Less symbols, more future in the Eastern policy

In the policy towards the East, there is a need to strengthen Polish-German cooperation, to develop a strategic approach to Eastern Europe and the Black Sea region, as well as to find a European counterweight to the Russian Federation.


Debata wschodnia 1

On May 13th 2020, the Jan Nowak Jeziorański College of Eastern Europe and the Deutsch-Russischer Austausch e.V. (DRA) co-hosted an online discussion in the series of four events: “Ost/Wschód. Polish-German views on the East” on foreign policies of Germany and Poland in Eastern Europe. Speakers of the debate were Wilfried Jilge, a historian and an associate fellow at the German Council on Foreign Relations (DGAP) and Agnieszka Bryc, an assistant professor at Nicolaus Copernicus University in Toruń. How do Germany and Poland see each other, can they cooperate more, are there any similarities in their eastern policy?” as moderator Adam Reichardt, editor of New Eastern Europe opened the debates.

Debata Ost_Wschód

Wilfried Jilge talked about historical experience and responsibility that has influenced the German view on Eastern Europe and its consistent support for a rule-based order. “Germany is viewing itself as a central power (Zentralmacht) which means that it tries to uphold good relations with both East and West. Its strength is in having good relations with different member states within the EU and different regions throughout Europe”. According to Jilge, Germany has still to cope with the challenge resulting from its position as a central power: to take more responsibility to keep the different orientations within the EU together on the one hand; and to precede (together with other European partners, e.g. like France and Poland) when it comes to strengthening and consolidating the European part in the Euro-Atlantic Alliance in light of growing uncertainty in its direct neighbourhoods.

This ambivalence, Jilge added, of a Germany searching for its role in foreign policy is also mirrored in its relations with Russia: “On the one hand, Germany is very strong in upholding the sanctions against Russia. On the other hand, Germany is pursuing the path to have a special role in energy policy for which its good relations with Russia are essential”. Nord Stream 2, he said, is an example “when Germany sometimes does not see solidarity as its priority, opting for national economic interests”.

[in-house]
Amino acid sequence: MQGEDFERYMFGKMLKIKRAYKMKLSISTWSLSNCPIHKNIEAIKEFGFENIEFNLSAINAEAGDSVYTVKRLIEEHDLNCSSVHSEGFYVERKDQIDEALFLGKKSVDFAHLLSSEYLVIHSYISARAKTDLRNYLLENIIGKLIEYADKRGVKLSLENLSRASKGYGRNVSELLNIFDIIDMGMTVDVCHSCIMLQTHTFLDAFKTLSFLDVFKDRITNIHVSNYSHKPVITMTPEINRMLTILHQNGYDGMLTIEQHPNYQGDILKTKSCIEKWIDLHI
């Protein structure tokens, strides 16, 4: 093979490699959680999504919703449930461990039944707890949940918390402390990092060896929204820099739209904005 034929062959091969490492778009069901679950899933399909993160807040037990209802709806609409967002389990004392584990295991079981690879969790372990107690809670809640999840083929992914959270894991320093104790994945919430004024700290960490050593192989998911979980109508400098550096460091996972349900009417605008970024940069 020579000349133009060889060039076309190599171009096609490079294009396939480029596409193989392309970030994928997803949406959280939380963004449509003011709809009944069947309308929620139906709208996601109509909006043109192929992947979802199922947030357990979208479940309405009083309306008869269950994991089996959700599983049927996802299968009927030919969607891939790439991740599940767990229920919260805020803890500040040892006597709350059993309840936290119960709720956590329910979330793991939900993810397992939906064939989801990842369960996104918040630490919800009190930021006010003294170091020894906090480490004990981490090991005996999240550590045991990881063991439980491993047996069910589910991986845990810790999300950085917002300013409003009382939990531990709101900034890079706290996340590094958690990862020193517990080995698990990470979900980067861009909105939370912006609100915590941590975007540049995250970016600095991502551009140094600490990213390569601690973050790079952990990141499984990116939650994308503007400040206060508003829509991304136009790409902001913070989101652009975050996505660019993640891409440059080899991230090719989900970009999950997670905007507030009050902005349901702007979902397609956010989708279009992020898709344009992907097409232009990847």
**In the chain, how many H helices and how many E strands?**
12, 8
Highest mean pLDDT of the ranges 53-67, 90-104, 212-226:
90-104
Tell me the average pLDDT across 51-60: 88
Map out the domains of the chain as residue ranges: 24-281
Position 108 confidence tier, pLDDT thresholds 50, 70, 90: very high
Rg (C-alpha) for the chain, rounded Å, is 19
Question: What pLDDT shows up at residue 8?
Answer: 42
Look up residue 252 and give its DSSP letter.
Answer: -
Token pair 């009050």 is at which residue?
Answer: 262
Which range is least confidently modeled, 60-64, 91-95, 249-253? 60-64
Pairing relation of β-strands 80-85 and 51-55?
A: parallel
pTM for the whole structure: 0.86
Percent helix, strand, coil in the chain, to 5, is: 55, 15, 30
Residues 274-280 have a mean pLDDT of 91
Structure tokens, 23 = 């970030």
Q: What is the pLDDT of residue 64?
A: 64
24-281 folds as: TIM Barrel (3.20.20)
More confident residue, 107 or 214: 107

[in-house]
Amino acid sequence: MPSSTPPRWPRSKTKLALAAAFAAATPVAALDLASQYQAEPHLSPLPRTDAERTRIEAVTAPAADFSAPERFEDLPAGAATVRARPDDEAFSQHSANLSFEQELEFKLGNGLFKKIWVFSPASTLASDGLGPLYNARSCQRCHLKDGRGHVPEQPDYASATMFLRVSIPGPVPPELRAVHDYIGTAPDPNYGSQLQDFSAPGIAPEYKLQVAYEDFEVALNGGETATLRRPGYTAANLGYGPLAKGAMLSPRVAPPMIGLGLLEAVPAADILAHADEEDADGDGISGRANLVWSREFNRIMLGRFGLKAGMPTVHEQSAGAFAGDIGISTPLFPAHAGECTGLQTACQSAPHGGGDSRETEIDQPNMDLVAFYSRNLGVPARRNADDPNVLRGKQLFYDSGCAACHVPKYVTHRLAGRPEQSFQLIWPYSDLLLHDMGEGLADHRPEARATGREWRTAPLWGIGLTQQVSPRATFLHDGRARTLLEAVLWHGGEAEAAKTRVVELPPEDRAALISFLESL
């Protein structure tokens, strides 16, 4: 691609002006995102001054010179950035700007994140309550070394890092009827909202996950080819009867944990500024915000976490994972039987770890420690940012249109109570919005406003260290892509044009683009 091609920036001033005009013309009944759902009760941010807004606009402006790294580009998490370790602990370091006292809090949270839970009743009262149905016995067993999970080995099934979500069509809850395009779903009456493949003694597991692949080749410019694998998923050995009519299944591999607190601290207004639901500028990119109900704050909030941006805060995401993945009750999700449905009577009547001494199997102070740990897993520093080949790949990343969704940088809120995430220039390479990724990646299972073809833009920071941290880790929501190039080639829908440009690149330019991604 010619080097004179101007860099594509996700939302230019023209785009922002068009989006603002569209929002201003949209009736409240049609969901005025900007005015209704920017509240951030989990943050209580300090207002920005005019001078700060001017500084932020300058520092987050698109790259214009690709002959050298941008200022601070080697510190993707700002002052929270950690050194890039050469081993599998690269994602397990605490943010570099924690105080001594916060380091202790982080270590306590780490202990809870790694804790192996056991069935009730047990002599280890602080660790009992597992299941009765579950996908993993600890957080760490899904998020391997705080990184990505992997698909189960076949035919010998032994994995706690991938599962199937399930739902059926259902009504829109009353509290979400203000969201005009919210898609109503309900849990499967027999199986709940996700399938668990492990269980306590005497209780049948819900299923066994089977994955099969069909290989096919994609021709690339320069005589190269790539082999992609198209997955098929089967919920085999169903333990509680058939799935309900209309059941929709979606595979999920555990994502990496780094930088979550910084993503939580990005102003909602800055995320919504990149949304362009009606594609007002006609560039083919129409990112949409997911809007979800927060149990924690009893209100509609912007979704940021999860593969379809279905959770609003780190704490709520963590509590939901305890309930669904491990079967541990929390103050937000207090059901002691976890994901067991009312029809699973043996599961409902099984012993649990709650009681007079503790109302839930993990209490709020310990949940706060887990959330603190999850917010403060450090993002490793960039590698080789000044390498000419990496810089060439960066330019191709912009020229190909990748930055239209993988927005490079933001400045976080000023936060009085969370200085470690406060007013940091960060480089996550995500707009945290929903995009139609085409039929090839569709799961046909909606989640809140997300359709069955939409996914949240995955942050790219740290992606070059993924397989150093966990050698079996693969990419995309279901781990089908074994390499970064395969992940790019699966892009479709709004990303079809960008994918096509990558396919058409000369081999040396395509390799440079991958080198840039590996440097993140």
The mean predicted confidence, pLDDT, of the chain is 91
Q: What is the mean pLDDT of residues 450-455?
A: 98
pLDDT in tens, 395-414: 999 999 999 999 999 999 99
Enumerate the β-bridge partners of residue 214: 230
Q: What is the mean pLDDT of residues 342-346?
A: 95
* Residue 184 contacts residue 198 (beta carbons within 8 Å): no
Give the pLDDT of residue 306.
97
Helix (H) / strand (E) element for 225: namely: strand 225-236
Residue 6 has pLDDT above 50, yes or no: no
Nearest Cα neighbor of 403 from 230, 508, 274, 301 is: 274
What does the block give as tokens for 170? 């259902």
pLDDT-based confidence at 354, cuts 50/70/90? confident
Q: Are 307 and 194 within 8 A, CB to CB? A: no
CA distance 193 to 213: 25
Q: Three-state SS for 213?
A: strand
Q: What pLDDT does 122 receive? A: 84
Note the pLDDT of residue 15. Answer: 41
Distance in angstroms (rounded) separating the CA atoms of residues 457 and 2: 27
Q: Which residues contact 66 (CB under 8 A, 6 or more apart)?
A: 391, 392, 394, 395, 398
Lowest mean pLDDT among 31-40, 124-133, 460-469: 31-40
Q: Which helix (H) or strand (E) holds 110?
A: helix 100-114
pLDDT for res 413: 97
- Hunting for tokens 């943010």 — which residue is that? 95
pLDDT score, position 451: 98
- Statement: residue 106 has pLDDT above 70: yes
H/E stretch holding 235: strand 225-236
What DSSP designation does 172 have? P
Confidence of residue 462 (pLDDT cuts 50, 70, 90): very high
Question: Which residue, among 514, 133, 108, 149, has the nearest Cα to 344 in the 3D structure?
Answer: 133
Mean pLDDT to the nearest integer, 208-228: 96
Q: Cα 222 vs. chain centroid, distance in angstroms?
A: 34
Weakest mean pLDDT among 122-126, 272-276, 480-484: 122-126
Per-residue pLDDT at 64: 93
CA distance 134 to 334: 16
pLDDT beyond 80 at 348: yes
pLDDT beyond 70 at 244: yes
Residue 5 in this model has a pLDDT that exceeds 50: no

Today’s German-Russian relations are largely shaped by Russia’s military aggression in eastern Ukraine and the occupation of Crimea. “Since the beginning of the Russian-Ukrainian conflict, German relations with Russia have changed. There has been a growing mistrust that you can observe on diplomatic and governmental levels. At the same time, there are interests in the energy sector and in a return to a “business as usual” with Russia in economic relations represented by certain groups which try to influence Germany’s policy towards Russia: e.g. certain leaders of federal countries (e.g. in eastern Germany) and parts of the German business community engaged in Russia”, summarized Jilge.

Agnieszka Bryc described Polish foreign policy as “nationalized” and “captured by domestic issues”. “Poland is focused mainly on history, on wars, clashes, on the collective memory of the past. We are not thinking about the future or even the current situation. We are talking about symbols rather than about realpolitik”, Bryc said.

While Poland does not have a clear vision of its policy towards Kyiv, its relations with Russia are frozen and virtually non-existent. “[…] Especially since 2015 when Polish politics were overtaken by right-wing party Law and Justice […] After the presidential airplane crash in Smolensk, Russia became a symbol of the Polish tragedy. Law and Justice instrumentalised this symbol to win electoral support. Meanwhile, Russia has become much more conservative and assertive towards the West. And Poland became a very easy target to be used to showcase how the West is anti-Russian and Russophobic”.

Both experts have emphasized the need for strengthening cooperation, more strategic approaches in Eastern Europe and the Black See region, and joint EU leverage on the Russian Federation. They warned against COVID-19 overshadowing strategic geopolitical needs.

The full debate is available to watch online via New Eastern Europe’s YouTube channel. 

The debates are organized within the framework of the project “Ost/Wschód: German-Polish Debates on the East”. The project is co-sponsored by the Heinrich Böll Foundation’s Warsaw Office as well as the Foundation for Polish-German Cooperation.